As IT and data workloads grow for various organisations around the world, infrastructure has also had to develop in tandem. This has led to situations where never-ending layers of new technology and applications get added to an organisation’s infrastructure, with little being taken away or deprioritised. These new layers can lead management to forget about what exactly is the digital core that is essential for mission-critical workloads.
At a recent roundtable organised by Jicara Media and hosted by Hewlett Packard Enterprise, Srinivasan Narayanan, Regional Solution Leader, Pointnext APAC and Suresh Menon, General Manager, Mission Critical Solutions, explored the challenges and complexities of modernising infrastructure together with invited IT leaders from across different industries.
Defining the digital core
With the speed of digital transformation, many organisations are doing their best to find out how to tap onto the potential of new technologies such as cloud, artificial intelligence, or machine learning. However, these new developments should not change what the digital core and mission-critical services of the business are, and if this core is not clear and up-to-date, organisations may be unable to deliver value to customers and may even disappear. What is core may be different in different sectors, but they are essentially what helps to support and execute functions that help keep the operations lights on and available to customers, as well as other key functions such as disaster recovery.
A common challenge that came up amongst the discussants, especially those in larger organisations, was the need to create alignment across different markets and business units when it came to deploying new solutions. For example, Lee Kok Foong, Senior Vice President, Technology and Operations, from a major financial institution in Singapore shared that due to the huge size of the institution, different business units might be using a different suite of solutions that met their needs. Despite the large number of internal solutions, there was still a need within the institution to decide which solutions best fit the business, and which workloads were mission-critical in each line of business.
Sourabh Chitrachar, Regional VP (Asia), IT Transformation and Strategy, at Liberty Insurance Private Limited shared a similar sentiment in a different context, where the need for standardisation also applies when an organisation operates in different countries and different markets, with each country having its own system and ticketing tools. This creates technical debt for the company, as more work is then needed to be done to integrate the different systems to ensure that they speak the same language.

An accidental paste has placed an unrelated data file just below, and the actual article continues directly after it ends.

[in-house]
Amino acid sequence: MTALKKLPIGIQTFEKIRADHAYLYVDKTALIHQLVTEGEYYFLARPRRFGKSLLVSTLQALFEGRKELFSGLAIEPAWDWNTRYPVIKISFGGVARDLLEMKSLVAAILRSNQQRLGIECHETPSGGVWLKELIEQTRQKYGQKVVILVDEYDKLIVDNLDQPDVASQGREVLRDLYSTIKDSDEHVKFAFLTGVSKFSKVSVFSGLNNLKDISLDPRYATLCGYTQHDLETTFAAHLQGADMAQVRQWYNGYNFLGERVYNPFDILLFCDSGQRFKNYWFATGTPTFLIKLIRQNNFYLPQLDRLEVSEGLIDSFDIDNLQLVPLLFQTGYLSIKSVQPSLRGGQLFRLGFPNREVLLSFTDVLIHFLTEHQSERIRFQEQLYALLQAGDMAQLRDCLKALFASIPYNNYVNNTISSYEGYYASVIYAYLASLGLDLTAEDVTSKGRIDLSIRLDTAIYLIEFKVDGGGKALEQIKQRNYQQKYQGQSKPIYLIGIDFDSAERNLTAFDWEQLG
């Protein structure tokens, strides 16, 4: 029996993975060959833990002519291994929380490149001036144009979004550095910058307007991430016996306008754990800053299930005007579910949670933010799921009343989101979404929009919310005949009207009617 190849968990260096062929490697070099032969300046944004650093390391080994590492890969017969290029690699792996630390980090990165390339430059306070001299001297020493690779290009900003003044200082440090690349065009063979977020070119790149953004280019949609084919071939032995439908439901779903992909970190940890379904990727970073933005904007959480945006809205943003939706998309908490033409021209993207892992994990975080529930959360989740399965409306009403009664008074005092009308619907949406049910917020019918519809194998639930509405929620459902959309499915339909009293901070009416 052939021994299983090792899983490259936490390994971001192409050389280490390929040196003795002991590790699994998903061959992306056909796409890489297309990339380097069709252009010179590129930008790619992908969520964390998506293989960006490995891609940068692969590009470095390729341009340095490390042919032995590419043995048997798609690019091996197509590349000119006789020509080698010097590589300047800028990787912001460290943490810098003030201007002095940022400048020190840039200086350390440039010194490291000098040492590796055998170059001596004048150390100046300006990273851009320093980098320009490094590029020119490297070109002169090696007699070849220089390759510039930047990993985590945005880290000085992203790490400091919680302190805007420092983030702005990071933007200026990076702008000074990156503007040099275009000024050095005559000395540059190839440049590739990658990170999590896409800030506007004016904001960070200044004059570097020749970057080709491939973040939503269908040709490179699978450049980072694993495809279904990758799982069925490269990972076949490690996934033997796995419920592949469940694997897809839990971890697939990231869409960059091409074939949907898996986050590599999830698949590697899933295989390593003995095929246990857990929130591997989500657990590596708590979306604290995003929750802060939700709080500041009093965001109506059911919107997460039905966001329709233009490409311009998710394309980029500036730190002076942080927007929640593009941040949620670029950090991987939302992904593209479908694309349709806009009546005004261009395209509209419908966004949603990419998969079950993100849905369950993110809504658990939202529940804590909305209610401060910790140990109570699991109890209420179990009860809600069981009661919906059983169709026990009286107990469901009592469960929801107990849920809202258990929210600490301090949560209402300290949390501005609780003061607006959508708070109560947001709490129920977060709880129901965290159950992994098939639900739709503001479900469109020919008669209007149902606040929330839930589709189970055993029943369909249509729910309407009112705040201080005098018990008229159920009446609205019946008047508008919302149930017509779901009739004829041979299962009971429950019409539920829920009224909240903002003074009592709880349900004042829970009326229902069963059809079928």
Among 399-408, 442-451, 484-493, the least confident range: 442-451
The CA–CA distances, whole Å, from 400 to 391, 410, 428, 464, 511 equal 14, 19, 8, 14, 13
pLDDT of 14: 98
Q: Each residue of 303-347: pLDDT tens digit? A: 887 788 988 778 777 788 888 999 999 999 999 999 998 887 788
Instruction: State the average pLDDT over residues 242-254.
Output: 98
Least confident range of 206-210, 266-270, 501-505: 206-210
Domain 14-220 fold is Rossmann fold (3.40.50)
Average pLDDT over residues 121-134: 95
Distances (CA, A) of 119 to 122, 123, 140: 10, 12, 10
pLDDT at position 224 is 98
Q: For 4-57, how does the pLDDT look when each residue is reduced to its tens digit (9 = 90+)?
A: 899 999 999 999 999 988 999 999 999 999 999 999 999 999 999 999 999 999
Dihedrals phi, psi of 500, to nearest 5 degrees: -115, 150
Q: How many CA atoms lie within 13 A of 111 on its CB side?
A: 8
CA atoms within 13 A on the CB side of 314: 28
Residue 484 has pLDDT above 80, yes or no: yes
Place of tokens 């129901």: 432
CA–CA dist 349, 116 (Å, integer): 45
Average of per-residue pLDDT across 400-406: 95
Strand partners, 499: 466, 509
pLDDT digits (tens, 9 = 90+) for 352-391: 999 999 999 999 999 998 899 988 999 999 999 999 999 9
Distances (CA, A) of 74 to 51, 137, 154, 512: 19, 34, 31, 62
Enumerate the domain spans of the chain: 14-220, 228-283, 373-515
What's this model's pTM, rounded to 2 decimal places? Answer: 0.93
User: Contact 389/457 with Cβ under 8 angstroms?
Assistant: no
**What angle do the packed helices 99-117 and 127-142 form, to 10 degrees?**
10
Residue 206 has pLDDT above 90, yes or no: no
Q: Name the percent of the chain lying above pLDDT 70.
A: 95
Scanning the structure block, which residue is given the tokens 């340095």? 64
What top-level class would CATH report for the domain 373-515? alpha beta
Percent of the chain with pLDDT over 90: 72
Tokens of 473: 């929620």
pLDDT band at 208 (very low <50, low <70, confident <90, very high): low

The ubiquity of infrastructure and increased expectations
Furthermore, the changes in work brought about by the rise of remote working has also transformed the concept of infrastructure and people’s expectations of what their infrastructure can and should be doing.
Mohamed Saabir, Business Information Manager SESA, Business IT Management of AkzoNobel shared that connectivity as a digital core is seen as a basic part of day-to-day life in an organisation. “At the beginning of pandemic, there was a ‘Wow’ factor to let everyone work from home efficiently,” shared Saabir. “As time passed, it became a very common thing. It is like when you go home and switch on the lights. You are not excited if they switch on anymore.” This is despite how much the infrastructure has been scaled up, or the amount of stress involved to ensure connectivity for the increased number of remote workers.
This increased connectivity also brings with it its own challenges, as security management of devices and data becomes a key concern. “Having it is the easy part,” remarked Associate Director of IT at a real estate giant. “The harder part is how to restrict it, and where we can restrict”. With an increase in employees completing work on a variety of devices, this imposes an additional hidden cost to manage and police data flows and perimeters.
These security concerns apply not just to internal employees, but also to the partnerships that the organisation leverages with external parties and vendors. This can come in the form of outsourcing the hosting and management of infrastructure, but also integrations with third parties and service providers in their industry. For example, the Head of IT at one of the largest real estate companies in the region talked about how the push towards smart buildings meant that their Building Management Systems was increasingly integrated with other vendors. This improved tenant experience, but also created more concerns about security.